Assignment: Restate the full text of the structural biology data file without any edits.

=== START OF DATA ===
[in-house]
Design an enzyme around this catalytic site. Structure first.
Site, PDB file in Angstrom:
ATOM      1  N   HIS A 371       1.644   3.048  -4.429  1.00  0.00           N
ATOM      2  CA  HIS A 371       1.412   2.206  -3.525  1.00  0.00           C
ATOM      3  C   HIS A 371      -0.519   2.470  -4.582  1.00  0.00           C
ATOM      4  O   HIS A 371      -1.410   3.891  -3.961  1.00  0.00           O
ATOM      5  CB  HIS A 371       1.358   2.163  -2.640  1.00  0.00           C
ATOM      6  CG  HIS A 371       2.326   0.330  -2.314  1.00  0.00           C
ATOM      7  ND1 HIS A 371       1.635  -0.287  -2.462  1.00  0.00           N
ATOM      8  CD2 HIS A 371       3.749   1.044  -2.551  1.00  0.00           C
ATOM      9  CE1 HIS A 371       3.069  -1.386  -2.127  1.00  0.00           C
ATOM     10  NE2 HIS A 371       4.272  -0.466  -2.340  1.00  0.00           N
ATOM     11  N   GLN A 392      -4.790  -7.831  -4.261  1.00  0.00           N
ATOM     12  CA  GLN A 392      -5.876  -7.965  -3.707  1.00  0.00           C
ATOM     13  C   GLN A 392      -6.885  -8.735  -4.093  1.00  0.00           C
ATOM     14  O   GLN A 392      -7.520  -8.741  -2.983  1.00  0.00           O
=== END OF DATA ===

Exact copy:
[in-house]
Design an enzyme around this catalytic site. Structure first.
Site, PDB file in Angstrom:
ATOM      1  N   HIS A 371       1.644   3.048  -4.429  1.00  0.00           N
ATOM      2  CA  HIS A 371       1.412   2.206  -3.525  1.00  0.00           C
ATOM      3  C   HIS A 371      -0.519   2.470  -4.582  1.00  0.00           C
ATOM      4  O   HIS A 371      -1.410   3.891  -3.961  1.00  0.00           O
ATOM      5  CB  HIS A 371       1.358   2.163  -2.640  1.00  0.00           C
ATOM      6  CG  HIS A 371       2.326   0.330  -2.314  1.00  0.00           C
ATOM      7  ND1 HIS A 371       1.635  -0.287  -2.462  1.00  0.00           N
ATOM      8  CD2 HIS A 371       3.749   1.044  -2.551  1.00  0.00           C
ATOM      9  CE1 HIS A 371       3.069  -1.386  -2.127  1.00  0.00           C
ATOM     10  NE2 HIS A 371       4.272  -0.466  -2.340  1.00  0.00           N
ATOM     11  N   GLN A 392      -4.790  -7.831  -4.261  1.00  0.00           N
ATOM     12  CA  GLN A 392      -5.876  -7.965  -3.707  1.00  0.00           C
ATOM     13  C   GLN A 392      -6.885  -8.735  -4.093  1.00  0.00           C
ATOM     14  O   GLN A 392      -7.520  -8.741  -2.983  1.00  0.00           O